As a parent, I’m a member of more than a few Facebook Groups related to my children’s education. And damn, they can be irritating. You quickly learn that parents frequently disagree wildly on teaching styles, curriculum choices, and even specific assignments. But at least the discussion is directly related the school or the class.
That wasn’t the case for a recent post in the group, where a fellow parent decided to share an article about raising successful girls in today’s political climate. The parent provided virtually no context other than wanting to share it in response to the recent high-profile sexual harassment allegations against famous men.
The article was valid — I agreed with much of it — but I found the act of sharing it to the private group intrusive. The point of this group (which class parents are all but required to join) is for parents to connect and discuss their children’s class, not for general news or political discussion.
Put more bluntly: I don’t care what you’re reading, and even if I did, this isn’t the place to share it.
I couldn’t help but think of that incident when I read Snap CEO Evan Spiegel’s thinking behind his company’s blanket redesign of Snapchat. With the revamp, the app is more clearly separating your interactions with friends from the things you read: Your snap conversations and your friends’ Stories will be on the left, and publisher content (like Mashable‘s Discover channel) and public, curated Stories are over on the right.
But it was the philosophy behind the big change that rang very true to me. Spiegel said:
The combination of social and media has yielded incredible business results, but has ultimately undermined our relationships with our friends and our relationships with the media. We believe that the best path forward is disentangling the two by providing a personalized content feed based on what you want to watch, not what your friends post.
Think about all the things you read and are interested in, and then think about how many of those you’re comfortable sharing with your Facebook or Twitter networks. Generally I think that the larger and more public-facing your network becomes, the subset of content you want to share becomes smaller and smaller, to the point where you’re either sharing anodyne stuff like food porn or articles you know your followers already agree with.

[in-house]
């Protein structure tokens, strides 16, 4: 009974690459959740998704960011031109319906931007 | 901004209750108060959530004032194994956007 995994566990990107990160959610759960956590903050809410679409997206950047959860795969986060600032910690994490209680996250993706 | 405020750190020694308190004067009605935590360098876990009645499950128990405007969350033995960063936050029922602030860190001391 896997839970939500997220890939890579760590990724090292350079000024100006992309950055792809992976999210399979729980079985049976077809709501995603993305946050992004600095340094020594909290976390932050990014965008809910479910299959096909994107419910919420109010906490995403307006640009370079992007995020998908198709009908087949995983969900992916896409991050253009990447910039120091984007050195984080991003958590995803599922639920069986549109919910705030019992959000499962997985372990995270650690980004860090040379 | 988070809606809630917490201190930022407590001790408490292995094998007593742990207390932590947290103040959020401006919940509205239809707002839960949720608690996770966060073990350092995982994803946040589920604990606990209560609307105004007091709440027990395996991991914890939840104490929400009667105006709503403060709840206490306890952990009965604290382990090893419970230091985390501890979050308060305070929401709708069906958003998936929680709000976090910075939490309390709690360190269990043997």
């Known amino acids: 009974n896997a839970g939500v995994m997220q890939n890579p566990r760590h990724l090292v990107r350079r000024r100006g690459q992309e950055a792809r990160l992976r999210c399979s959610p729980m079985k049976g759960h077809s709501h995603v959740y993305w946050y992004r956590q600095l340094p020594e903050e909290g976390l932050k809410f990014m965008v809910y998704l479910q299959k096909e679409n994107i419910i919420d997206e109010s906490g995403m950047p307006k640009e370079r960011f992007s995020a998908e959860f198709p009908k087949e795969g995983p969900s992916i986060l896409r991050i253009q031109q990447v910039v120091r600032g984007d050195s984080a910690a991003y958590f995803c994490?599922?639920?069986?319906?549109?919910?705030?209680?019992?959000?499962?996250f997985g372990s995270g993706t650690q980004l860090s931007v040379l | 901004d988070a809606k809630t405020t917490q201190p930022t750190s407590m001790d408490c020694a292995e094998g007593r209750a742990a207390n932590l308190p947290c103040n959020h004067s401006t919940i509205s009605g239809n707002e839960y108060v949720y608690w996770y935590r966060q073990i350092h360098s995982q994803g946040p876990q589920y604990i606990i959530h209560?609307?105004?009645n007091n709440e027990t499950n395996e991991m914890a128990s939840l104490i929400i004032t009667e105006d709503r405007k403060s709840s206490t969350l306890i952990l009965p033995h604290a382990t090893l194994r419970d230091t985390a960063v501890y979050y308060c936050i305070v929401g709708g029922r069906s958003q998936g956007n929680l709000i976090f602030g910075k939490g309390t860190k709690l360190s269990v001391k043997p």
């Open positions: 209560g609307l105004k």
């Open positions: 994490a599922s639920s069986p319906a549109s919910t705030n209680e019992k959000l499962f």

While that may be fine for those who want to live in their filter bubbles, sharing habits affect everyone on the network. When consuming media in a place like Facebook (and yes, there are many other social networks, but it’s fair to pick on Facebook since it’s by far the largest influencer), what you see is largely driven by what your friends are sharing.
Which brings me back to my original point: I don’t care what you’re reading. Yet Facebook is constantly shoving it in my face, and thanks in large part to the events of the past year, we’re only just now starting to see that mixing media and social relationships together isn’t necessarily natural or even beneficial (although it’s certainly been lucrative for publishers, including Mashable).
Certainly, AI and algorithms have a role to play here, and might even help fix the problem by reducing friend activity as a driver, but given the maturity of Facebook itself and its business model, it’s hard to see things fundamentally changing. AI and algorithms are terrific at surfacing content you’ll click, share, and generally “engage” with, but is it really the stuff you want to see? That you would have sought out absent a news feed?
That’s why Snapchat’s approach of essentially splitting the “feed” in two is the right way to do content on a social network. It still benefits from algorithms, but they’re put to work finding content that you actually want to see and have expressed interest in — something we probably aren’t doing as much under the scrutiny of our Facebook or Twitter friends. Snapchat also has a curated set of media and real editors, which help insulate it from the worst evils of socially driven content, like false stories going viral.
Even though Snapchat’s new approach is philosophically sound, there are potential pitfalls. Snapchat users will still be able to share individual stories from Discover with their friends on the network, so it’s not like sharing content will be completely absent. Moreover, having two distinct functions in the app strongly suggests that Snapchat should split into two different apps. Of course, then the media section wouldn’t benefit from the app’s highly engaged user base. Discover would be the new Swarm.
And none of this is to say it’s impossible mix media and social correctly. Twitter, as more public-facing medium, is more suited to combining news with real-time commentary from people whose views you care about. And by making “news from your friends” the focus, apps like Nuzzel are a good guide to what your social circle is talking about without the risk of getting pulled into the quicksand of a comments section.
But Spiegel and Co. are onto something here, and it may even help change course away from some of the worst developments that networks have wrought upon us: filter bubbles, fake news, and trolls. Initially, social media companies mixed social chocolate with media peanut butter, and the result was definitely delicious at times. But we were so taken by the recipe that we forgot both are often better on their own.